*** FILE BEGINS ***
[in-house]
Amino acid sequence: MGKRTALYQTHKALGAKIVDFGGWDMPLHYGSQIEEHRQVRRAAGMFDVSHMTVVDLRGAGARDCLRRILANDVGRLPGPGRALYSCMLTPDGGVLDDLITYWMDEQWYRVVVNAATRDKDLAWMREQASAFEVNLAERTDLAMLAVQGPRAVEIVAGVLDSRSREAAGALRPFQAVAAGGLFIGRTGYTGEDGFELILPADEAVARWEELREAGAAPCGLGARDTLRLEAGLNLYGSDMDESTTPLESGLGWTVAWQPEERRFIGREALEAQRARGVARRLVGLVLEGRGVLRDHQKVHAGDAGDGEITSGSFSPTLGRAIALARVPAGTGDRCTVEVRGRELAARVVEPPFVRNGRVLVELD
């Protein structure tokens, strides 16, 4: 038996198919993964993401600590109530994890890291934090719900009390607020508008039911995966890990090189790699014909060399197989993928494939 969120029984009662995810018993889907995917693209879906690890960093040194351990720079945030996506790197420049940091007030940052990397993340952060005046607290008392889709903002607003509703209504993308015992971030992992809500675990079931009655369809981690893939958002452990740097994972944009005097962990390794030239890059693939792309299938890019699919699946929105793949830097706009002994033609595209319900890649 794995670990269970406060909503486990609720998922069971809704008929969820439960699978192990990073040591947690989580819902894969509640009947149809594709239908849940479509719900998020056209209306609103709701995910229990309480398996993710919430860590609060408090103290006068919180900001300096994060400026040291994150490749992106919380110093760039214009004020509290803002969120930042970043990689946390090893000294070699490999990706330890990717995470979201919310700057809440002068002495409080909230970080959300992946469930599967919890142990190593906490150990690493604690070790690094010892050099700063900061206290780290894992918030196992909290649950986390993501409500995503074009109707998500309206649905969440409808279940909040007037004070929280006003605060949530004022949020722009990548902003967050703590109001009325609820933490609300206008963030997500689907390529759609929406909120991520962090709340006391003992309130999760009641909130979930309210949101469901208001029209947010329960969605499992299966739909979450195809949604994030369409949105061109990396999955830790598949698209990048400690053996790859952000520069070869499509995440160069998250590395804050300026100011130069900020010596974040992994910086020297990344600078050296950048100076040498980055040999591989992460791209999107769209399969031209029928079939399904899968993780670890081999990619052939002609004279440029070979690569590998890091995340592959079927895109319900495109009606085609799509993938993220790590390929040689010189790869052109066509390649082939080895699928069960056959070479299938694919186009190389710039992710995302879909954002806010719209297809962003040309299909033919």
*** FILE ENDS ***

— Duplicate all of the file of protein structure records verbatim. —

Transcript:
[in-house]
Amino acid sequence: MGKRTALYQTHKALGAKIVDFGGWDMPLHYGSQIEEHRQVRRAAGMFDVSHMTVVDLRGAGARDCLRRILANDVGRLPGPGRALYSCMLTPDGGVLDDLITYWMDEQWYRVVVNAATRDKDLAWMREQASAFEVNLAERTDLAMLAVQGPRAVEIVAGVLDSRSREAAGALRPFQAVAAGGLFIGRTGYTGEDGFELILPADEAVARWEELREAGAAPCGLGARDTLRLEAGLNLYGSDMDESTTPLESGLGWTVAWQPEERRFIGREALEAQRARGVARRLVGLVLEGRGVLRDHQKVHAGDAGDGEITSGSFSPTLGRAIALARVPAGTGDRCTVEVRGRELAARVVEPPFVRNGRVLVELD
């Protein structure tokens, strides 16, 4: 038996198919993964993401600590109530994890890291934090719900009390607020508008039911995966890990090189790699014909060399197989993928494939 969120029984009662995810018993889907995917693209879906690890960093040194351990720079945030996506790197420049940091007030940052990397993340952060005046607290008392889709903002607003509703209504993308015992971030992992809500675990079931009655369809981690893939958002452990740097994972944009005097962990390794030239890059693939792309299938890019699919699946929105793949830097706009002994033609595209319900890649 794995670990269970406060909503486990609720998922069971809704008929969820439960699978192990990073040591947690989580819902894969509640009947149809594709239908849940479509719900998020056209209306609103709701995910229990309480398996993710919430860590609060408090103290006068919180900001300096994060400026040291994150490749992106919380110093760039214009004020509290803002969120930042970043990689946390090893000294070699490999990706330890990717995470979201919310700057809440002068002495409080909230970080959300992946469930599967919890142990190593906490150990690493604690070790690094010892050099700063900061206290780290894992918030196992909290649950986390993501409500995503074009109707998500309206649905969440409808279940909040007037004070929280006003605060949530004022949020722009990548902003967050703590109001009325609820933490609300206008963030997500689907390529759609929406909120991520962090709340006391003992309130999760009641909130979930309210949101469901208001029209947010329960969605499992299966739909979450195809949604994030369409949105061109990396999955830790598949698209990048400690053996790859952000520069070869499509995440160069998250590395804050300026100011130069900020010596974040992994910086020297990344600078050296950048100076040498980055040999591989992460791209999107769209399969031209029928079939399904899968993780670890081999990619052939002609004279440029070979690569590998890091995340592959079927895109319900495109009606085609799509993938993220790590390929040689010189790869052109066509390649082939080895699928069960056959070479299938694919186009190389710039992710995302879909954002806010719209297809962003040309299909033919």